Barring entry by Russian or Chinese Communist troops, the end of the war was in sight, albeit perhaps still requiring weeks or months to destroy the North Korean army. It was imperative that the U.N. Economic and Social Council proceed rapidly in the meantime to develop plans for the country's rehabilitation as the cold Korean winter was approaching. If the U.N. was to effectuate complete victory, it had to minimize the misery upon which Communism thrived.

"Atrocities in Korea" finds that one of the most compelling reasons for occupying North Korea was to bring to justice those North Korean officials who had been responsible for the atrocities in South Korea. Thousands of civilians, along with American and South Korean prisoners of war, had been slaughtered as the North Koreans withdrew. The gruesome murders were accomplished by machinegun, axe handles, bayonets, knives, rubber hoses, flailing, burning alive, burying alive, etc. The piece finds that the murders at Buchenwald and Dachau had been no worse than the brutality practiced at Taejon, Seoul and Chonju.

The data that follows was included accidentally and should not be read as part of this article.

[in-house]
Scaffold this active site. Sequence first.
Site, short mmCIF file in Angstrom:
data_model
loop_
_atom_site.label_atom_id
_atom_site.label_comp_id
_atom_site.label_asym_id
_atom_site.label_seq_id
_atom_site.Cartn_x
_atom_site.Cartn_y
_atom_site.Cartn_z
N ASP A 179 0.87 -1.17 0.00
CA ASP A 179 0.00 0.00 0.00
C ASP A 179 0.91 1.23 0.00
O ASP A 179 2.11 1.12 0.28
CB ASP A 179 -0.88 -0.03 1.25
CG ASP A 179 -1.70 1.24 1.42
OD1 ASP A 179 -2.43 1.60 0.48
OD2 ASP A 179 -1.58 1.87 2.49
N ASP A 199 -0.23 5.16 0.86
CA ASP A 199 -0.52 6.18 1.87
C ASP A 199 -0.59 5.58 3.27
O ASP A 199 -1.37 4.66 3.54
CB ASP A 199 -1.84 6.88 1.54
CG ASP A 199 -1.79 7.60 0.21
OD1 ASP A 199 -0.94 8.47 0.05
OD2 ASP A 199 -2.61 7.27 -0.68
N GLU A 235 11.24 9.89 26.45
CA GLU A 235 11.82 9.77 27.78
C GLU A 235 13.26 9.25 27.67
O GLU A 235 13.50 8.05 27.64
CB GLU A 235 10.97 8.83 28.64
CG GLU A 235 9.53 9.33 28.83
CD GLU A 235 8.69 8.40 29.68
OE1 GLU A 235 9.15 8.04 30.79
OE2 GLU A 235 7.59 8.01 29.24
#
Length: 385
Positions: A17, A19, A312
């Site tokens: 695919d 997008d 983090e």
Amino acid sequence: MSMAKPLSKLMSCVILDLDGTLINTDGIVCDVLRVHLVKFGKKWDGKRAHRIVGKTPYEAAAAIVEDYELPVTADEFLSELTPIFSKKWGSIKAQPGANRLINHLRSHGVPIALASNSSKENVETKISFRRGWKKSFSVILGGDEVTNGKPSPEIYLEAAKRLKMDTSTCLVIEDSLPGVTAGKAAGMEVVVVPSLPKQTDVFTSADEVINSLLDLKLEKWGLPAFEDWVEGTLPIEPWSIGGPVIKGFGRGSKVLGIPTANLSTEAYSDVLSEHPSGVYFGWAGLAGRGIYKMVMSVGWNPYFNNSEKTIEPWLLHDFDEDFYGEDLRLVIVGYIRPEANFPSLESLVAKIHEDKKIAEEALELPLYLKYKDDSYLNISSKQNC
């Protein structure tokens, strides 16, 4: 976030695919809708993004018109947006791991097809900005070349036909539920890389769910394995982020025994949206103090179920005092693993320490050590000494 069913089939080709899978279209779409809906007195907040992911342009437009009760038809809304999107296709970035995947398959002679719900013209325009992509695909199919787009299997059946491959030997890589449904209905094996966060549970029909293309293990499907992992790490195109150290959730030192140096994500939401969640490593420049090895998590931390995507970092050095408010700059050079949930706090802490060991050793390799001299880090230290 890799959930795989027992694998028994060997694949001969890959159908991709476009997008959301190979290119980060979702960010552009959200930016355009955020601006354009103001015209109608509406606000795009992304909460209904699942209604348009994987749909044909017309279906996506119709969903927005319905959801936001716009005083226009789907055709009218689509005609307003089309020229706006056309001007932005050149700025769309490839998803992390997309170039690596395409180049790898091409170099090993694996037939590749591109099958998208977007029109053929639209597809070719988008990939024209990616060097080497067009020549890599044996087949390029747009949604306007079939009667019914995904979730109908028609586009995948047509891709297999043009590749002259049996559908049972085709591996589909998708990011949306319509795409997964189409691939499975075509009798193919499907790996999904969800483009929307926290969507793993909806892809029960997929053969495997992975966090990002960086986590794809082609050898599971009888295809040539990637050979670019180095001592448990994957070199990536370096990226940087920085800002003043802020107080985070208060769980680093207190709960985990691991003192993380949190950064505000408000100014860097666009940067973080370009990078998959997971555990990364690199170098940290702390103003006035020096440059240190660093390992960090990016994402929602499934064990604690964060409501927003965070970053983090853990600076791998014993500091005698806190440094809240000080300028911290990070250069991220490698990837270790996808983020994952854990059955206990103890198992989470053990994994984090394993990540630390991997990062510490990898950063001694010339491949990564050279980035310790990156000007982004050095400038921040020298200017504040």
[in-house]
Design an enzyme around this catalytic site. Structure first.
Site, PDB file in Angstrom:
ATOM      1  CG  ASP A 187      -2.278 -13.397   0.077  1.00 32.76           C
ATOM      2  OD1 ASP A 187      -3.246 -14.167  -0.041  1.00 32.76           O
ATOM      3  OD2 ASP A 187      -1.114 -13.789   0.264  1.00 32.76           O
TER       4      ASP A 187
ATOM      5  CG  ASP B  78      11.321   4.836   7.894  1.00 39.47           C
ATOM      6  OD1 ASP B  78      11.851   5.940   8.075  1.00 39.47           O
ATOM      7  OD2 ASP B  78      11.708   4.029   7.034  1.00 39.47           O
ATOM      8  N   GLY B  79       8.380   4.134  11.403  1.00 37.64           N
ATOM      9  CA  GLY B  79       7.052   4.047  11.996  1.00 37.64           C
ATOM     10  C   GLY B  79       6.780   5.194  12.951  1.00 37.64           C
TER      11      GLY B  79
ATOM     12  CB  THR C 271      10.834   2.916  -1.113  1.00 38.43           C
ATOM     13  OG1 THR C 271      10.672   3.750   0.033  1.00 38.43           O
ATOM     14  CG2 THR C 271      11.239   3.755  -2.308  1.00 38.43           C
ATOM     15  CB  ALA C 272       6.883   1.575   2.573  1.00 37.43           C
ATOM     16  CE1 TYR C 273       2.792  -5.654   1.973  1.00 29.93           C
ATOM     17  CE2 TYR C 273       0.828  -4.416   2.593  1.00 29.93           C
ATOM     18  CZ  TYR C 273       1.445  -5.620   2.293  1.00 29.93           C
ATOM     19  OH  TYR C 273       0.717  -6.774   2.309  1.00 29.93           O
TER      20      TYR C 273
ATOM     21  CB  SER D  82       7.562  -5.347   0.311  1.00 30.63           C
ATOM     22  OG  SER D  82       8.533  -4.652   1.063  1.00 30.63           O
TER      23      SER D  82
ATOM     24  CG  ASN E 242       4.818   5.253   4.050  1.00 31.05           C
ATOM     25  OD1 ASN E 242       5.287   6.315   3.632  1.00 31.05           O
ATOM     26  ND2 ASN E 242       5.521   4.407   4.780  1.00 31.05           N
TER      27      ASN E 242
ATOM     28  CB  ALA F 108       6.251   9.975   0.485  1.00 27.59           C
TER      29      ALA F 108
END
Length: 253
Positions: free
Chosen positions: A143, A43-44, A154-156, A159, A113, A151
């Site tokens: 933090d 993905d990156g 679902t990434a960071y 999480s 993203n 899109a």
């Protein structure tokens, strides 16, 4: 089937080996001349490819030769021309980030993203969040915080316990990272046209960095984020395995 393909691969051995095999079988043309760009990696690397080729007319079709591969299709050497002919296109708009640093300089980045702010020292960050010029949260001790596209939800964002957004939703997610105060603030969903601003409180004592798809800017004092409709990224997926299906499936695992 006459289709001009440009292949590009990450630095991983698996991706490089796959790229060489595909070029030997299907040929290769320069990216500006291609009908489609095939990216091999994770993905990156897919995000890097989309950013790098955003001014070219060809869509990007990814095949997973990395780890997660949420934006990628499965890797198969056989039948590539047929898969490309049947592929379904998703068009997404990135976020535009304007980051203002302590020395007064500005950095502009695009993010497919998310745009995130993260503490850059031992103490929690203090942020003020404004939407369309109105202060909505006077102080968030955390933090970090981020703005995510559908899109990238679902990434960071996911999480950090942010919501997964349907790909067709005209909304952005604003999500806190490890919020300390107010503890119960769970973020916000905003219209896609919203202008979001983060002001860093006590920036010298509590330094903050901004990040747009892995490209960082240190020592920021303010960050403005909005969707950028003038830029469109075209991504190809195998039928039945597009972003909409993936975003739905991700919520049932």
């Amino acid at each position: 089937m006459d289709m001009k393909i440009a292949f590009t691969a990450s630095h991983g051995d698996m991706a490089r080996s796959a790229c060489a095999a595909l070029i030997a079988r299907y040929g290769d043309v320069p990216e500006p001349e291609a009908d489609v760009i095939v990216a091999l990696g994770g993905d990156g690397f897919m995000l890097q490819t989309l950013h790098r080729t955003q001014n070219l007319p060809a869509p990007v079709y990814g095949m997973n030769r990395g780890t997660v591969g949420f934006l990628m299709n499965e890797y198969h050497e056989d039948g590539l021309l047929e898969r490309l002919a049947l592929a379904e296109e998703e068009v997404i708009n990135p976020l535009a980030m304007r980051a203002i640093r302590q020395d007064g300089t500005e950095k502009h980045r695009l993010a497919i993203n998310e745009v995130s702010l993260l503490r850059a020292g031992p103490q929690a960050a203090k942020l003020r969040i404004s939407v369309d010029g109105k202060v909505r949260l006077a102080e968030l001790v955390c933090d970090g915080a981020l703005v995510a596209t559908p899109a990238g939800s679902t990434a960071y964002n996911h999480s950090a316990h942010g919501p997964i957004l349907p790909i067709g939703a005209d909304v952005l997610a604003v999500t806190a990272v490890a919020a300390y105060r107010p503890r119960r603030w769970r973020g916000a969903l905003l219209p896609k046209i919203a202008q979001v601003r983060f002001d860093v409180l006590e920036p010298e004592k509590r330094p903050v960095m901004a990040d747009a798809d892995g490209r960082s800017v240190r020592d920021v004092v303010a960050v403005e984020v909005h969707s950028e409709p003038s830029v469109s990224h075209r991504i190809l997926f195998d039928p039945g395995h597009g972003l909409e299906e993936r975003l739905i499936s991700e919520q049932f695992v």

The illiterate enemy soldiers had not acted without prompting from their masters, either before the fighting began or as they were forced to retreat. In either event, it concludes, those responsible had to pay the penalty.

Drew Pearson begins a series of columns on the Mafia, saying that a total of 50 men controlled the big rackets in the country and all of them were members of the Mafia, all but one being Italian-born or of Italian-American descent.